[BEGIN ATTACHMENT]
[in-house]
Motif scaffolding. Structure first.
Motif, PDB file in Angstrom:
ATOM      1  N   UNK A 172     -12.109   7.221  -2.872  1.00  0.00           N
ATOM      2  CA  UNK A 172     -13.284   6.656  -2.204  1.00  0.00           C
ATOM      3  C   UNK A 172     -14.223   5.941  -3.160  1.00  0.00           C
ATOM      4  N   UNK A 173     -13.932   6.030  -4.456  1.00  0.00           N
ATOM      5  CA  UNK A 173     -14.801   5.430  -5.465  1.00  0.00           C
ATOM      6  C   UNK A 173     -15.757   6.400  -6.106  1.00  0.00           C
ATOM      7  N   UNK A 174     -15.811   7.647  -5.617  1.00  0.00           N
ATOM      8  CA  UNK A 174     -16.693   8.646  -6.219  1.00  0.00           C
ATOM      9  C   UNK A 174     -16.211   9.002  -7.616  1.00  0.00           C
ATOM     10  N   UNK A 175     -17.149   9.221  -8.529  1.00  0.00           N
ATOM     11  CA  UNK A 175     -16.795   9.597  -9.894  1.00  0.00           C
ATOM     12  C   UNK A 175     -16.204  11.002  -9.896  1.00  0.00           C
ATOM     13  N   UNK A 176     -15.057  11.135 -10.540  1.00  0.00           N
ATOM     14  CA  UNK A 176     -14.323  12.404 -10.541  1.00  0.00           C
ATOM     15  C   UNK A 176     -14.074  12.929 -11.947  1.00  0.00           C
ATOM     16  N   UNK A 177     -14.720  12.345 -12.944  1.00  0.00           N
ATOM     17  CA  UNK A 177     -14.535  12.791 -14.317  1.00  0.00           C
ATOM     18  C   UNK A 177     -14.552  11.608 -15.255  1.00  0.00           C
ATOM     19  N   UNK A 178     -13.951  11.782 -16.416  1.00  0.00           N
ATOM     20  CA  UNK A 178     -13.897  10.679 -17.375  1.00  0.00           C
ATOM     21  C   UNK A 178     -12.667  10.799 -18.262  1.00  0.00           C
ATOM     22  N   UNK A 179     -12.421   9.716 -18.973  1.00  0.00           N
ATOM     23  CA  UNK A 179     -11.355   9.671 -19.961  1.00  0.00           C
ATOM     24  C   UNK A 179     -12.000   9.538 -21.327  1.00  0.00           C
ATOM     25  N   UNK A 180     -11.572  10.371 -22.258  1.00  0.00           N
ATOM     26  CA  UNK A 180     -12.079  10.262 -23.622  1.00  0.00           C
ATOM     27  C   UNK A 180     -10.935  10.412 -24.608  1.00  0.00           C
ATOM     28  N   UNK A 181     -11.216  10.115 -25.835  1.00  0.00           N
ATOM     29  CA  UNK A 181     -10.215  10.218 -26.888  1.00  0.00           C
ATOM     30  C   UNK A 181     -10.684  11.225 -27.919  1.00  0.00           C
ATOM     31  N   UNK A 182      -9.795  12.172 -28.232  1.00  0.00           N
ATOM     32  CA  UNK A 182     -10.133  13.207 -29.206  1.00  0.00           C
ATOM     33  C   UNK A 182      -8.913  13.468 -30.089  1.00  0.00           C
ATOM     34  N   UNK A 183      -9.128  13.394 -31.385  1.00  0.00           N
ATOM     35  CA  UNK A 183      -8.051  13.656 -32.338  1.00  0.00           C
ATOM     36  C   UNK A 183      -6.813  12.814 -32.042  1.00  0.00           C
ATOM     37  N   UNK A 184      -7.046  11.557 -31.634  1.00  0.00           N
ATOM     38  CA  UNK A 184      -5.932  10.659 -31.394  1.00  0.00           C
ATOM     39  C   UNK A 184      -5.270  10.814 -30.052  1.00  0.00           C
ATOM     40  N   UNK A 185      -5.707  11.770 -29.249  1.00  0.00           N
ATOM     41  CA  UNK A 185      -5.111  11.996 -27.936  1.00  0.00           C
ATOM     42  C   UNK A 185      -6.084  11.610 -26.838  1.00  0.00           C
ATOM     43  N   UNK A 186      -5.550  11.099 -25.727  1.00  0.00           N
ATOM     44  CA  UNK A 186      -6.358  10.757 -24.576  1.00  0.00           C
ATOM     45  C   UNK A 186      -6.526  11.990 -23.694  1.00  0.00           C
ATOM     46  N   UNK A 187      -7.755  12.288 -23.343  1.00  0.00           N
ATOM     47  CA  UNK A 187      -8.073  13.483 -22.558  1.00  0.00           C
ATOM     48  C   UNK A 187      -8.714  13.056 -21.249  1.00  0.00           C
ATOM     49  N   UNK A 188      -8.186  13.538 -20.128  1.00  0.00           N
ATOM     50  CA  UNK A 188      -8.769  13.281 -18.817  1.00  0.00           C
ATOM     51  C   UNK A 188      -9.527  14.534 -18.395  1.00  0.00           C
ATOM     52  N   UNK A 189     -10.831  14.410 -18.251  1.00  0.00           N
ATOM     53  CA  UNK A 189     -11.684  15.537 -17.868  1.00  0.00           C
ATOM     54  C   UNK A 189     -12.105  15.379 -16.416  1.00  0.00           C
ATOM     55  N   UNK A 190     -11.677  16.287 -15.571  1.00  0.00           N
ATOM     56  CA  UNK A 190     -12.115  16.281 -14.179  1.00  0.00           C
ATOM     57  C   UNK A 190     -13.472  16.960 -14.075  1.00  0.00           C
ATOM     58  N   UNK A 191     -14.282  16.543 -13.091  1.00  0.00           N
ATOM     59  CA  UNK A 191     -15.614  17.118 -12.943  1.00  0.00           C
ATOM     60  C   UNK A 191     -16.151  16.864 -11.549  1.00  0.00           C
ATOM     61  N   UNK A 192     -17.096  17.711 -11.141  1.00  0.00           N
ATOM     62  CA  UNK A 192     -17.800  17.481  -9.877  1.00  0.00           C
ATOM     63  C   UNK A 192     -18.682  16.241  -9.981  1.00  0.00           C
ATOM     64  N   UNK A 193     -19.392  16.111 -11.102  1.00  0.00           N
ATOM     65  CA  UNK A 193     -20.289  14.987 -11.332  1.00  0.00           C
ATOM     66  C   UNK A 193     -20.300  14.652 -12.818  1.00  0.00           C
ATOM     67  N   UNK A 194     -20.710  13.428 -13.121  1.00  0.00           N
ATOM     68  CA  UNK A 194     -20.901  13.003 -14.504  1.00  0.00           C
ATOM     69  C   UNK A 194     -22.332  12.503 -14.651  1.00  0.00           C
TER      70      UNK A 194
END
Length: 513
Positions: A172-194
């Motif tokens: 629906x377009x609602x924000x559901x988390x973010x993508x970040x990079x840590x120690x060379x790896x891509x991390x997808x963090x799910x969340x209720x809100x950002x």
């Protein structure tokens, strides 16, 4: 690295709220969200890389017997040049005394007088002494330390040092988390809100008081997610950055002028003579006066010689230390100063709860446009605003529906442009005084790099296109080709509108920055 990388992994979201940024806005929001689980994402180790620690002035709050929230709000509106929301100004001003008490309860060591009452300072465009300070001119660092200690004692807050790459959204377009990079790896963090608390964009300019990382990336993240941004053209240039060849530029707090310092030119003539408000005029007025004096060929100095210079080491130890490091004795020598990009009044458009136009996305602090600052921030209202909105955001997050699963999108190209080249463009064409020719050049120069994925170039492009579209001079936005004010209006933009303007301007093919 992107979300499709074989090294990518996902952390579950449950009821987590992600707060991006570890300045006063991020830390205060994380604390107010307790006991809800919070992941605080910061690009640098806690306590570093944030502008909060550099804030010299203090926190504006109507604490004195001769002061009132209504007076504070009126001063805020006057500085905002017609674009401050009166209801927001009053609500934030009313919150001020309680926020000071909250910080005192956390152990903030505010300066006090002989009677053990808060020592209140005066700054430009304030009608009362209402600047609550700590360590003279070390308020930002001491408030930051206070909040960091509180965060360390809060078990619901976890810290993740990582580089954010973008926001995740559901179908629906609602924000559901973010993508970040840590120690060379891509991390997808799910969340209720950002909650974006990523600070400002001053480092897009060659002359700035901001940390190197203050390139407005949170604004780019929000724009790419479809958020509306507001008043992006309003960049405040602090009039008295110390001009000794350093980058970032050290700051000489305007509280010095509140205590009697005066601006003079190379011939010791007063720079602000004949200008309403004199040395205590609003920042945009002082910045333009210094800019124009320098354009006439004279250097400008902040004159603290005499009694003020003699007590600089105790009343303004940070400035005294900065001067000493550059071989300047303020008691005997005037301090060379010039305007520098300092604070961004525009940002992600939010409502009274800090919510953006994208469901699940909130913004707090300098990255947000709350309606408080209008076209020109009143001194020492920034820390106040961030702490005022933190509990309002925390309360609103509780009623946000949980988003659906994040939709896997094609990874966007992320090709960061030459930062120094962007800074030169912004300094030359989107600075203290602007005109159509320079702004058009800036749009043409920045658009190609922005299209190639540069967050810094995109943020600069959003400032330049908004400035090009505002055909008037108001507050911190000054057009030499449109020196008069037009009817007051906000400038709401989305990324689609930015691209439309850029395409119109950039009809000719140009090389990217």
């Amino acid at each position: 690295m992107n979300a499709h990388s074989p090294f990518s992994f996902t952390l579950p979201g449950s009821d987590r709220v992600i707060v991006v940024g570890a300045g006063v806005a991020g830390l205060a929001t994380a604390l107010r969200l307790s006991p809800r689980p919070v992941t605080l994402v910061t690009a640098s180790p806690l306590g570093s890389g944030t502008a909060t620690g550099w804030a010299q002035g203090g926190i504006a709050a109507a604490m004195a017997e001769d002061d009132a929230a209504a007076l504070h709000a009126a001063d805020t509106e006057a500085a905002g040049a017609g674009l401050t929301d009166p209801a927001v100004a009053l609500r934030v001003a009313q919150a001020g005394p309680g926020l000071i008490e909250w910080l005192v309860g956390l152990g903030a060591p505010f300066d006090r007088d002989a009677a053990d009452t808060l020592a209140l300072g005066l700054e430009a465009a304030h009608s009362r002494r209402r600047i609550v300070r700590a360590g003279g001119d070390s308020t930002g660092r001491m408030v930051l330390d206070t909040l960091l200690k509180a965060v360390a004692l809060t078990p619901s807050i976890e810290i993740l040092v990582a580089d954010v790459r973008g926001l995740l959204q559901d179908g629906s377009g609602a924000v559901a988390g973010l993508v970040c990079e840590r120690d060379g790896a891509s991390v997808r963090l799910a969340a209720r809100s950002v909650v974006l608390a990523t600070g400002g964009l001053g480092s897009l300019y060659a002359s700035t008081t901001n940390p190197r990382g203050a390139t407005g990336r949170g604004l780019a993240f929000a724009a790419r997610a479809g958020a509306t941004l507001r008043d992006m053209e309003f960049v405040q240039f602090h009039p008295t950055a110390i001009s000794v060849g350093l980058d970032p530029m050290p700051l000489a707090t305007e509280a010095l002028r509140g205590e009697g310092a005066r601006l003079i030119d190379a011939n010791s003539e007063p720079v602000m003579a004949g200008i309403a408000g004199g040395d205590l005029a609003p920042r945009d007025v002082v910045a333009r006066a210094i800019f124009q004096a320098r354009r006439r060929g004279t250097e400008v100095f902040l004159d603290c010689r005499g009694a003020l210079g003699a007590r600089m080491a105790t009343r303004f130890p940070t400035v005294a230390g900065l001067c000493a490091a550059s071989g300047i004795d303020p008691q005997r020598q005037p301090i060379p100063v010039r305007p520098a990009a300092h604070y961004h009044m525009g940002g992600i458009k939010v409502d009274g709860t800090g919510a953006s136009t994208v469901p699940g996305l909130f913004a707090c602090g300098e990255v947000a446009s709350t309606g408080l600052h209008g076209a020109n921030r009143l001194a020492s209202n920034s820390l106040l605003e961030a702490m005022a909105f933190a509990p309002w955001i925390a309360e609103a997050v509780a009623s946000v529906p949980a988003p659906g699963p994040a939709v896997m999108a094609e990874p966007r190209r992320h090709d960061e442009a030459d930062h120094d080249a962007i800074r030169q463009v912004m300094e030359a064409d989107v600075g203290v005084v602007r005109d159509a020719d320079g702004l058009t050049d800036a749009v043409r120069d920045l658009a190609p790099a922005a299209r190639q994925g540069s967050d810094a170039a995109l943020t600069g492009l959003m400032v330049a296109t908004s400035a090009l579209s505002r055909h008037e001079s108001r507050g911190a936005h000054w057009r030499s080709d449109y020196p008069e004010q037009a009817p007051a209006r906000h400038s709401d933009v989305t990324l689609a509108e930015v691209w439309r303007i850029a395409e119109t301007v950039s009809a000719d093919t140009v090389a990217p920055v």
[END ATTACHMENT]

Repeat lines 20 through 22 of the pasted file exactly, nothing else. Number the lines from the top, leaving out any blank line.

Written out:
ATOM     17  CA  UNK A 177     -14.535  12.791 -14.317  1.00  0.00           C
ATOM     18  C   UNK A 177     -14.552  11.608 -15.255  1.00  0.00           C
ATOM     19  N   UNK A 178     -13.951  11.782 -16.416  1.00  0.00           N